One of the best examples of Eataly’s vitality is La Piazza, which is located in the lobby space of the hotel that originally occupied the building when it opened in 1856. The team designed La Piazza as an ode to the central square of an Italian village. Revkin explained that TPG tried to preserve much of the original architecture, including the marble niches that frame La Piazza’s four corners, each of which was carved from a single massive piece of stone. The ceiling was dropped to cover a number of major pipes that ran above the space, but the combination of industrial elements and the hotel’s distinctive architecture is apparent throughout the interior.

After winding through the market, Revkin ended the tour by answering questions about some of the broader implications of hospitality design and Eataly’s presence within the fabric of the city. The food hall’s construction coincided with a “renaissance of retail spaces” in the area, to borrow Revkin’s turn of phrase. Following Eataly’s opening in 2010, retail rent around the Flatiron District has risen by nearly $200/sq ft.


Caffe Vergnano is one of several shops located within the food hall. (Photo: OHNY)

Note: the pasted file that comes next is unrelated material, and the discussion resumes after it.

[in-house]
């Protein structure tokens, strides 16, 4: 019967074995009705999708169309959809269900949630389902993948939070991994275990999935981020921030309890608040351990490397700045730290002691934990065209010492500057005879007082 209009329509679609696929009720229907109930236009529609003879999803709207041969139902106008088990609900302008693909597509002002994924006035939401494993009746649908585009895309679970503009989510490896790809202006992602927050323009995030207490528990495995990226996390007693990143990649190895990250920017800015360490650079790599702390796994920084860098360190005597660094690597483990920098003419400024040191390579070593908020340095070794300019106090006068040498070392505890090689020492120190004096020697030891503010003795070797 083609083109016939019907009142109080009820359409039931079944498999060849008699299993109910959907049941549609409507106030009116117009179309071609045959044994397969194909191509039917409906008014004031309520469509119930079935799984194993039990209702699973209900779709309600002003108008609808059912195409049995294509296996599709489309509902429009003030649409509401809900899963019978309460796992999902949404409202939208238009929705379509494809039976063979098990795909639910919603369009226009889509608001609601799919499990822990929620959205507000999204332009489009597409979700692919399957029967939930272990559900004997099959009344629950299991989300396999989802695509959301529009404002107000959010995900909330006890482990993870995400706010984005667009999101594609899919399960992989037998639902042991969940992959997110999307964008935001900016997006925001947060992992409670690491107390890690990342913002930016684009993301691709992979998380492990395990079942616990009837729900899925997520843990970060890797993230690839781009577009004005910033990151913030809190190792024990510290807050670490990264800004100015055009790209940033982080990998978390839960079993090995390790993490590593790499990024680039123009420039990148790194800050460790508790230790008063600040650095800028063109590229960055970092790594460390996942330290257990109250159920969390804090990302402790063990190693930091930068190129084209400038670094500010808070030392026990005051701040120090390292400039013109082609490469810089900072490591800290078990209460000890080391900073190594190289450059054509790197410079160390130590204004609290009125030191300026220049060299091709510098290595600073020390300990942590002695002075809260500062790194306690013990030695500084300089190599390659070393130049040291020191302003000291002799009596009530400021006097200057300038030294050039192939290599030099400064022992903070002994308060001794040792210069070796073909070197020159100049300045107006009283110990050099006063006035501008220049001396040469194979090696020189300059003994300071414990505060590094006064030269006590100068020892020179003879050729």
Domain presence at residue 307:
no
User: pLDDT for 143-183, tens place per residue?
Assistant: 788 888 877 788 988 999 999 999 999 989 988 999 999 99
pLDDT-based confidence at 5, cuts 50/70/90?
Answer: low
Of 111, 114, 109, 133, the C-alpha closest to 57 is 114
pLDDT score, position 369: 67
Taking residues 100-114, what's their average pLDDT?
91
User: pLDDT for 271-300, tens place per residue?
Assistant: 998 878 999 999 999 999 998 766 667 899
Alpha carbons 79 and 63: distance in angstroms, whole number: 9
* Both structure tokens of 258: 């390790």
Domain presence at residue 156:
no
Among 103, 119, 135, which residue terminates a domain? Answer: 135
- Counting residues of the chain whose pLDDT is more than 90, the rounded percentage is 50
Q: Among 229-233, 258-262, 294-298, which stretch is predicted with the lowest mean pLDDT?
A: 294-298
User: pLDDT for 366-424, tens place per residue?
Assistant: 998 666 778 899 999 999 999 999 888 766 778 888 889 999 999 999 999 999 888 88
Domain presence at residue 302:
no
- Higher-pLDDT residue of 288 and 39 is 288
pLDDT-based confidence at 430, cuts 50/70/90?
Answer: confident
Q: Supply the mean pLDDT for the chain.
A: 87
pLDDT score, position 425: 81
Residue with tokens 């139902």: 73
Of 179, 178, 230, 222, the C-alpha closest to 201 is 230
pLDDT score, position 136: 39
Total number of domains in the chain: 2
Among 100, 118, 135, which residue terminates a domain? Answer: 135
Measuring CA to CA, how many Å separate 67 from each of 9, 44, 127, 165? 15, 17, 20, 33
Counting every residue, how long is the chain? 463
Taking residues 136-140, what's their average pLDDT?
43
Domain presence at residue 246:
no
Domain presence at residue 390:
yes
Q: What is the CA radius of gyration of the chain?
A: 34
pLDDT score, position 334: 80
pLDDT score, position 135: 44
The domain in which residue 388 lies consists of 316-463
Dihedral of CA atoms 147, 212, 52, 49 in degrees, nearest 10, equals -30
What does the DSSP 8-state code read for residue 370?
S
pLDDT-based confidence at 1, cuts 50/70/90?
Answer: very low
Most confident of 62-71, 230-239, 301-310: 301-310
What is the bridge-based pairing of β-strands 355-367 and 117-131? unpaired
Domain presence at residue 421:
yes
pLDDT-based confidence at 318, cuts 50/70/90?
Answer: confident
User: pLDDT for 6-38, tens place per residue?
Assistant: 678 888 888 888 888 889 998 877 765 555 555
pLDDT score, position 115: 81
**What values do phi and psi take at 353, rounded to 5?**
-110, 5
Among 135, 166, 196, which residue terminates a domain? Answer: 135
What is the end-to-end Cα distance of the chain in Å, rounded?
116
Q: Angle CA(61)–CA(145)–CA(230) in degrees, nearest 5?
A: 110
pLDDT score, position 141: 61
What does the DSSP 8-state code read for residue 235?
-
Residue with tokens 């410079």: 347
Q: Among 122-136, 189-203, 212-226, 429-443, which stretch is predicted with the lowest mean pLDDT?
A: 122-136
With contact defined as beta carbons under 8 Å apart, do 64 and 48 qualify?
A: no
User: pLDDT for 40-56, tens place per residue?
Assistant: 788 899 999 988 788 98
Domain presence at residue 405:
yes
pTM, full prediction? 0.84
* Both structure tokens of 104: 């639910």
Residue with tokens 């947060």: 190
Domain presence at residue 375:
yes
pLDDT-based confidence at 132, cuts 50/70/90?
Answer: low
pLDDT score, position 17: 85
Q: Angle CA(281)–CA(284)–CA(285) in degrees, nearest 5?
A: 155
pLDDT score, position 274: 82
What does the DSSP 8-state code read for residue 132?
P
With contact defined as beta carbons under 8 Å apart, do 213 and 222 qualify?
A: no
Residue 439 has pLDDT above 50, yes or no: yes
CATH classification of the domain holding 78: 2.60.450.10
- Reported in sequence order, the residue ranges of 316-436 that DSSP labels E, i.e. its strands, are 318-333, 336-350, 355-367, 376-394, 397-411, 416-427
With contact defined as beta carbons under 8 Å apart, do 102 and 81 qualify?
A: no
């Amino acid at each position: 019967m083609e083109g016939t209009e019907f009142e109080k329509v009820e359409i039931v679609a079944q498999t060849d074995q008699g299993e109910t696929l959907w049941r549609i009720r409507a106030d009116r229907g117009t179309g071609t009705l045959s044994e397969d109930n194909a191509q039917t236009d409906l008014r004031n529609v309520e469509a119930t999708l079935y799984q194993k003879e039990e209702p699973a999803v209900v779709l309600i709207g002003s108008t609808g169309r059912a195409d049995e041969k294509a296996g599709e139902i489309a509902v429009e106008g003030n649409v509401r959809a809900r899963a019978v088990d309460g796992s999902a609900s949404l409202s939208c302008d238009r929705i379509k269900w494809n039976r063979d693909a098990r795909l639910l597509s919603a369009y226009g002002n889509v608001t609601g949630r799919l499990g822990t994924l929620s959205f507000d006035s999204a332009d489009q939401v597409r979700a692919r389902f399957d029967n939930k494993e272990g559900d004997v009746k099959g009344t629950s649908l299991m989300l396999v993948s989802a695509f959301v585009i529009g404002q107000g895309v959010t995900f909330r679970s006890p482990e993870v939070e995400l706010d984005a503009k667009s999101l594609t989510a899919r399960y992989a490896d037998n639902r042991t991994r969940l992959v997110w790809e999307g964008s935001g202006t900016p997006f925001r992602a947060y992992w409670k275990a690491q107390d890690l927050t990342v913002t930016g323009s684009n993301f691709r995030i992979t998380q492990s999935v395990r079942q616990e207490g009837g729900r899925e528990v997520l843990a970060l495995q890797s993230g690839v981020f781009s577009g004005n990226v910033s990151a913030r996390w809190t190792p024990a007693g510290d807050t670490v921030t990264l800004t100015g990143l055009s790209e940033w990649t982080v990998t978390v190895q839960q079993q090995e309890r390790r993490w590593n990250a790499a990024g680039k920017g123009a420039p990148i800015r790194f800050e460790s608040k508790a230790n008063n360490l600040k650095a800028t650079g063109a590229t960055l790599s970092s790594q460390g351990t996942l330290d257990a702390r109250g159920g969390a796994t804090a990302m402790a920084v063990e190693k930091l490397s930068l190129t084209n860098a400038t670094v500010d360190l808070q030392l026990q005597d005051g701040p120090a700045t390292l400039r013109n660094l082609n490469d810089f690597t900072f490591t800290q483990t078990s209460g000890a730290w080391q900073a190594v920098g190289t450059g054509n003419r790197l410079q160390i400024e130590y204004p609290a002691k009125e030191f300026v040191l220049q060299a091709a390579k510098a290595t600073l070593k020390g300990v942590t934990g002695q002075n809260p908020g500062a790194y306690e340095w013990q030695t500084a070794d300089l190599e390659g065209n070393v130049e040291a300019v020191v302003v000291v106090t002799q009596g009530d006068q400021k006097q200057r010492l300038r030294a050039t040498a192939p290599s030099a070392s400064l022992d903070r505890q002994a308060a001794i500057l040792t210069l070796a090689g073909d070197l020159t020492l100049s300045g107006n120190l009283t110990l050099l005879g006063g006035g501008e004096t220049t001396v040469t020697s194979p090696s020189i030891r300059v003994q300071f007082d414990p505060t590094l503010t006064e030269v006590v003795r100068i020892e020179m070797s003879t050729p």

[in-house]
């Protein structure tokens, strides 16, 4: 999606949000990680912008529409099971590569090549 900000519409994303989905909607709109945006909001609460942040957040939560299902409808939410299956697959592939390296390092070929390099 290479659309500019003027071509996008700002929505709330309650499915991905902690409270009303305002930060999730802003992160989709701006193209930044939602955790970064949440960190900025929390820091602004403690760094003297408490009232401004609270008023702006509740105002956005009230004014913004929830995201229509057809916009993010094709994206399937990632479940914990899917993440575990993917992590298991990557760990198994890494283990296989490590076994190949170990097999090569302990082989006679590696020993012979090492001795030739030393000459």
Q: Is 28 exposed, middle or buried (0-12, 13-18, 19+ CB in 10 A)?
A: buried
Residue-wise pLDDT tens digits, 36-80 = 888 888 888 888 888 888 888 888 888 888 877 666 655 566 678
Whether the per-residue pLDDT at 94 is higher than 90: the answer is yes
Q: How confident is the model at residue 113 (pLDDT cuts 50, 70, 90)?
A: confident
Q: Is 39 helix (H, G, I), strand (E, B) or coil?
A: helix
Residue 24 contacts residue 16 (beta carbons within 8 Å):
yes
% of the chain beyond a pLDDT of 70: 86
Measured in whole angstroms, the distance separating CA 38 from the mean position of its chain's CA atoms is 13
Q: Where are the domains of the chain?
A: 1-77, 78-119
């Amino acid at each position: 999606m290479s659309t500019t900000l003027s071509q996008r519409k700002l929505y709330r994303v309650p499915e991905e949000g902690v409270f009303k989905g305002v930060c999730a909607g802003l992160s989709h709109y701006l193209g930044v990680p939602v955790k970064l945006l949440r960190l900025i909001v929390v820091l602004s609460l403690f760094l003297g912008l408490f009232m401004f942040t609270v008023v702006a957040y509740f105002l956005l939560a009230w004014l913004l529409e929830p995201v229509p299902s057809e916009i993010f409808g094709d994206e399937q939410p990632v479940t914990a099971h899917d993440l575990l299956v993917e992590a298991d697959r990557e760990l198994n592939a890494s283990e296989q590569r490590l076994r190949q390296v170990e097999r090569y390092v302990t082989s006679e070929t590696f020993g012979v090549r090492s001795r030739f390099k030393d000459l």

Eataly houses a number of shops, including Caffe Lavazza, Caffe Vergnano, and the Nutella Bar. The collection of small vendors, food retail, and sit-down eateries is a model that many food halls have experimented with, in varying proportions, but at the time Eataly opened it was an exciting and surprising format for New Yorkers. Since then, it has developed into a premium tourist destination, a gourmet grocer, and an Italian food lover’s dream. Looking across the rest of the city, it is hard not to see Eataly’s opening and remarkable success as one of the sparks that ignited the current food hall boom.

Eataly has an extensive selection of fresh pasta. (Photo: OHNY)

Eataly has an extensive selection of fresh pasta. (Photo: OHNY)

As contemporary food halls continue to evolve, the design of this particular space has undoubtedly had an effect on what New Yorkers envision when they think of what a food hall is. Asked how her colleagues at TPG think and talk about food halls, Revkin confirmed that it is a frequent and robust topic of conversation. “But there are no definitive answers,” she observed. “There are a lot of great questions about what comes next.”


This festive spring display of chocolate Easter rabbits was one of the most memorable on the day of the tour. (Photo: OHNY)